Similarly, the total soybean consumption estimate for MY 2008/09 has been reduced to 3.685 MMT due to the anticipated poor macroeconomic performance in CY 2009 (See MX8065).


Indian exporters have contracted to export around 1.1 million metric tonnes of the new soybean meal crop so far for shipment in November-December, a senior industry official said Wednesday.


"The deals have been contracted at an average price of US$290-US$300/tonne, although some deals in the beginning of the new crop season were signed at around US$400/tonne," said Rajesh Agrawal, coordinator of the Soybean Processors Association of India.


He said although prices have fallen in the last few weeks, soy meal exports are likely to be robust this year at 5.5 million tonnes.


Crude palm oil futures on Malaysia's derivatives exchange rose as much as 9.2% Wednesday on strong buying amid spillover strength from crude oil but shed much of the gains on intraday long liquidation, said trade participants.


Traders said India is yet to announce any hike in the import duty on palm oils, in anticipation of which CPO futures fell 7.2% Tuesday.


The benchmark January contract on the Bursa Malaysia Derivatives rose above MYR1,700 a metric tonne for the first time in 15 days and has risen around 30% after hitting a 3-year low of MYR1,331/tonne early last week.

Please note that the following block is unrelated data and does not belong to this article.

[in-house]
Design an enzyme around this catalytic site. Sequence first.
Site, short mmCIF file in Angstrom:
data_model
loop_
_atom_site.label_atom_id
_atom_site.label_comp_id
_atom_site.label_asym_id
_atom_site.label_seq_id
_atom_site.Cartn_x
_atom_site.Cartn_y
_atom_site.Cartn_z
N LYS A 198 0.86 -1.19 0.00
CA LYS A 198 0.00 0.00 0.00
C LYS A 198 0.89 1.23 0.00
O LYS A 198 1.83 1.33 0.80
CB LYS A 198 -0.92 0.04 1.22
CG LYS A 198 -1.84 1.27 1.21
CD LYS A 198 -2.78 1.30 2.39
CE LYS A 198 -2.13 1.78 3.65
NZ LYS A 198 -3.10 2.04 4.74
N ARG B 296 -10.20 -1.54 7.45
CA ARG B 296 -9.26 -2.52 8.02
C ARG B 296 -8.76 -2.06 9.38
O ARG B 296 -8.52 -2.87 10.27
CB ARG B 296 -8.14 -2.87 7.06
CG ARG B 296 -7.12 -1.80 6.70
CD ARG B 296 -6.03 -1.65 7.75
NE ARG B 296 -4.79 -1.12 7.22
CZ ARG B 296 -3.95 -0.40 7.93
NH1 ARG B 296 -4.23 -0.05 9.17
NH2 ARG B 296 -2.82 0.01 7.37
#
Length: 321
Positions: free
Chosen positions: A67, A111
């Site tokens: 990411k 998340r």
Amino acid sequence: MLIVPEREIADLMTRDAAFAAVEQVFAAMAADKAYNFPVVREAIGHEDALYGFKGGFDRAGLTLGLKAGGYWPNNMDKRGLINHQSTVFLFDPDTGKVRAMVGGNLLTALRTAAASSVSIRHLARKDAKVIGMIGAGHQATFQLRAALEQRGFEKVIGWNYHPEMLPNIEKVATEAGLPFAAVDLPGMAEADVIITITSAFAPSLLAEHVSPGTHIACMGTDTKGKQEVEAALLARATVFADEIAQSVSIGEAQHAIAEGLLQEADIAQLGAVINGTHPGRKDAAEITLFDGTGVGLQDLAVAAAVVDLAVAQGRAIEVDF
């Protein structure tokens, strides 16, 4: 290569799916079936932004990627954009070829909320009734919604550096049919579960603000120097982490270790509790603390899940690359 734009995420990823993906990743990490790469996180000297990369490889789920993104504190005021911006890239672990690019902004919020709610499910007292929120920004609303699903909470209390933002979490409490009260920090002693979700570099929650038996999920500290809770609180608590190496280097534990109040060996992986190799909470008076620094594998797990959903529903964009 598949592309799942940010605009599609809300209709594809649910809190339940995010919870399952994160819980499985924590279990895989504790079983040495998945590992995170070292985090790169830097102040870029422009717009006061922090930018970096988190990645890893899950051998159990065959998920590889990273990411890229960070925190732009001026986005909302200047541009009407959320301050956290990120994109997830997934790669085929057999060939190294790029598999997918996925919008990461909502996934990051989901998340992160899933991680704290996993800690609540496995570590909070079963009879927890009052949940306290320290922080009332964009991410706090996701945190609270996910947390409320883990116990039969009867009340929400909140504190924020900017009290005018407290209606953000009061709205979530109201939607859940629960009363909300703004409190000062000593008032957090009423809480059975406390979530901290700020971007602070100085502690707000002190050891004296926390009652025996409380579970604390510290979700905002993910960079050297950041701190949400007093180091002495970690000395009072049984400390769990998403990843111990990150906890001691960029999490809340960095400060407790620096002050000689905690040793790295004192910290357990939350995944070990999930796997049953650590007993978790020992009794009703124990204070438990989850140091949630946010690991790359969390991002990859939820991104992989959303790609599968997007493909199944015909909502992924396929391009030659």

The January contract ended MYR62 higher at MYR1,640/tonne, off an intraday high of MYR1,723/tonne.


Crude oil, which dragged down CPO prices sharply last month, provided support for a rally.


In Brazil, more rain would aid the environment for planting and developing soybeans through northern Mato Grosso, while weather is "generally favorable" through Parana and "drier weather would benefit fieldwork in Rio Grande do Sul," DTN said.


Meanwhile, in Argentina, "beneficial rains" are "at times" improving soil moisture conditions for crop planting, the forecasters add.